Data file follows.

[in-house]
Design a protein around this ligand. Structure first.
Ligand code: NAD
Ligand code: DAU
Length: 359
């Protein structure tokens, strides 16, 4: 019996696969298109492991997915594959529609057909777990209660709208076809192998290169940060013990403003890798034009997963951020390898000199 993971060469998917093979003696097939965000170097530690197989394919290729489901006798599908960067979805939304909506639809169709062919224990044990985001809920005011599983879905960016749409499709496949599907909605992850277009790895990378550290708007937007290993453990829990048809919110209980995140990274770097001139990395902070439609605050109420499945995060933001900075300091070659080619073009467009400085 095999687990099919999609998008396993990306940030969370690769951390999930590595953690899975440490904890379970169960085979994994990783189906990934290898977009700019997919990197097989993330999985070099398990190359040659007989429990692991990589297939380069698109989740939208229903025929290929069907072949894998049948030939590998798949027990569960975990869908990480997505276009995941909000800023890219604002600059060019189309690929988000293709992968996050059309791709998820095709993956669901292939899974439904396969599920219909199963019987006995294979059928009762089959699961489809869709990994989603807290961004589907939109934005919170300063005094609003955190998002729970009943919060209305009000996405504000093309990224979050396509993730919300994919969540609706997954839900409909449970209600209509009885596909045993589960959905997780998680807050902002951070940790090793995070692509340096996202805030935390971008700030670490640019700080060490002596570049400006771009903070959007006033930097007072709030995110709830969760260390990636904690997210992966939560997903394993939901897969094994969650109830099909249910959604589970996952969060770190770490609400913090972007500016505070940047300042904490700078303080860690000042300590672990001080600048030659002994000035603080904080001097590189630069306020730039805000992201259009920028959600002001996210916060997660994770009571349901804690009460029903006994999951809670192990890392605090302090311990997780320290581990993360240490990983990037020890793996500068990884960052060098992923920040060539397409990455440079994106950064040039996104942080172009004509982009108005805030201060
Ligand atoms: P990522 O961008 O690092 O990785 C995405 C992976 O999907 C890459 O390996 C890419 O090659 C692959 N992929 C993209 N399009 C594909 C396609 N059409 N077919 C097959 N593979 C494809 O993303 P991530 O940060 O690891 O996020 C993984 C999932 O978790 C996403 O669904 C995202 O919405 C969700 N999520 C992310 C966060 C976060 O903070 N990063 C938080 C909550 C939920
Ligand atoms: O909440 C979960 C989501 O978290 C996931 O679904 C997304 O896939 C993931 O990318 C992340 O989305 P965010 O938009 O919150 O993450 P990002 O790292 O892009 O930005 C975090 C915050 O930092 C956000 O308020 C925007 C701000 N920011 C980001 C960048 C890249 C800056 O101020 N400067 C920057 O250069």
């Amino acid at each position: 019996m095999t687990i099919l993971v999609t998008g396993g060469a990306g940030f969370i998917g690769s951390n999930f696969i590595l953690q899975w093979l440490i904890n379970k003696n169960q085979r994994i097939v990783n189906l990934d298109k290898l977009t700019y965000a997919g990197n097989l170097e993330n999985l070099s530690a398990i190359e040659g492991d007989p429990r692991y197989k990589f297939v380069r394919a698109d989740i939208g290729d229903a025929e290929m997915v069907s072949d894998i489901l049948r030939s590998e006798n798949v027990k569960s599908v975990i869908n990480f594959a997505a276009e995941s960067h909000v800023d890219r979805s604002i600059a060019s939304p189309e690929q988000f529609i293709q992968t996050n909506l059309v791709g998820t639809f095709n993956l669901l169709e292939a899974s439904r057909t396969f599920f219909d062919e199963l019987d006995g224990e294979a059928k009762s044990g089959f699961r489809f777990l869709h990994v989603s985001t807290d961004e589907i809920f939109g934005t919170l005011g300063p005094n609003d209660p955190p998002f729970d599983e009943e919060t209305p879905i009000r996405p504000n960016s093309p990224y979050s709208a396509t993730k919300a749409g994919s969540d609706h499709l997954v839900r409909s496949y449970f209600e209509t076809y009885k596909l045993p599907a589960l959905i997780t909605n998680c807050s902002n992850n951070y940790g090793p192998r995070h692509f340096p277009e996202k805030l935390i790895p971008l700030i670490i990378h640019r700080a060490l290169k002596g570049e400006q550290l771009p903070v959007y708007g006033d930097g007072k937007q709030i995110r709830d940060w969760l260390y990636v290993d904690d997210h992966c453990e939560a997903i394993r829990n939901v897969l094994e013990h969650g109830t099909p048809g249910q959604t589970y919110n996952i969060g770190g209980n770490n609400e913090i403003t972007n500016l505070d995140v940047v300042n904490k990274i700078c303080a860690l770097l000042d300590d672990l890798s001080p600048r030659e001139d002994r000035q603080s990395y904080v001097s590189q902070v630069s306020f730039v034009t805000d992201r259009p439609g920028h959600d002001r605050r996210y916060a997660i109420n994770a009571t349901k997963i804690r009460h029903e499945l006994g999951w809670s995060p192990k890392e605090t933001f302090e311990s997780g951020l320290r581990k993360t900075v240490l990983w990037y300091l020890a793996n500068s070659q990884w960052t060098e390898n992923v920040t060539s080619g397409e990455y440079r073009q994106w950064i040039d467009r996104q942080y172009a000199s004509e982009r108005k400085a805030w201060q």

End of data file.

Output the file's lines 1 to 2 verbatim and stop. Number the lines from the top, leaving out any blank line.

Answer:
[in-house]
Design a protein around this ligand. Structure first.